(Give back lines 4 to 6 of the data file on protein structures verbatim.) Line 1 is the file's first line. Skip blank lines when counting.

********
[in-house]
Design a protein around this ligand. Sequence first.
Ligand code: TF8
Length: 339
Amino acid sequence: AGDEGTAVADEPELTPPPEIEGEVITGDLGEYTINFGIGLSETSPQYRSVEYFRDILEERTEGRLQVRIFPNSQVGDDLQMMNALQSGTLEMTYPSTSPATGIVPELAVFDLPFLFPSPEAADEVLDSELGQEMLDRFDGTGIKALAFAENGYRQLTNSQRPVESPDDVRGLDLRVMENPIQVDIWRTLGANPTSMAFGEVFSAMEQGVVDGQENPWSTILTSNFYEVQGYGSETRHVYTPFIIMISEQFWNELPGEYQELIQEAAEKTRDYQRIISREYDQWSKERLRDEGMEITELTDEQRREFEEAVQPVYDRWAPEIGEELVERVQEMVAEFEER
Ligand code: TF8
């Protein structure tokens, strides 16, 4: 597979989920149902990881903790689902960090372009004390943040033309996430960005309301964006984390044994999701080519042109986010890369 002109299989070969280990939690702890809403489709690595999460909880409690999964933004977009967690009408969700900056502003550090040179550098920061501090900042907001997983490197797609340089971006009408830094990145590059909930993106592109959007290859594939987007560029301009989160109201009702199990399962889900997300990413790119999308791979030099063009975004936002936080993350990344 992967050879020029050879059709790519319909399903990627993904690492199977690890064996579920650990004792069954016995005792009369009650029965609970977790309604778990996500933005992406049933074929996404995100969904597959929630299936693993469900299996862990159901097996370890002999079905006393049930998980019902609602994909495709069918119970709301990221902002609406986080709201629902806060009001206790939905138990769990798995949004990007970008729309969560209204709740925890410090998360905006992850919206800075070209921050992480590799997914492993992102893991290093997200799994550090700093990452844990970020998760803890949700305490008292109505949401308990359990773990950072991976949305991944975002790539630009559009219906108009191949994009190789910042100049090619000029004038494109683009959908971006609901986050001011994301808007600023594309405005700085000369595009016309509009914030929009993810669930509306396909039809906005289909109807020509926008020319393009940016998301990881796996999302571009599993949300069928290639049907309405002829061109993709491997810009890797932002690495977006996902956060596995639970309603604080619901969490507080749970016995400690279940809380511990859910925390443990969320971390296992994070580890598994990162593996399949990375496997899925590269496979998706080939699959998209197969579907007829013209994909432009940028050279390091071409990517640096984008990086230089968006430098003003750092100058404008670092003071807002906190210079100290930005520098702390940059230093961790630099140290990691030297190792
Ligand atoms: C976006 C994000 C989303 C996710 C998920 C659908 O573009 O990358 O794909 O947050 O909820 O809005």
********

Length: 339
Amino acid sequence: AGDEGTAVADEPELTPPPEIEGEVITGDLGEYTINFGIGLSETSPQYRSVEYFRDILEERTEGRLQVRIFPNSQVGDDLQMMNALQSGTLEMTYPSTSPATGIVPELAVFDLPFLFPSPEAADEVLDSELGQEMLDRFDGTGIKALAFAENGYRQLTNSQRPVESPDDVRGLDLRVMENPIQVDIWRTLGANPTSMAFGEVFSAMEQGVVDGQENPWSTILTSNFYEVQGYGSETRHVYTPFIIMISEQFWNELPGEYQELIQEAAEKTRDYQRIISREYDQWSKERLRDEGMEITELTDEQRREFEEAVQPVYDRWAPEIGEELVERVQEMVAEFEER
Ligand code: TF8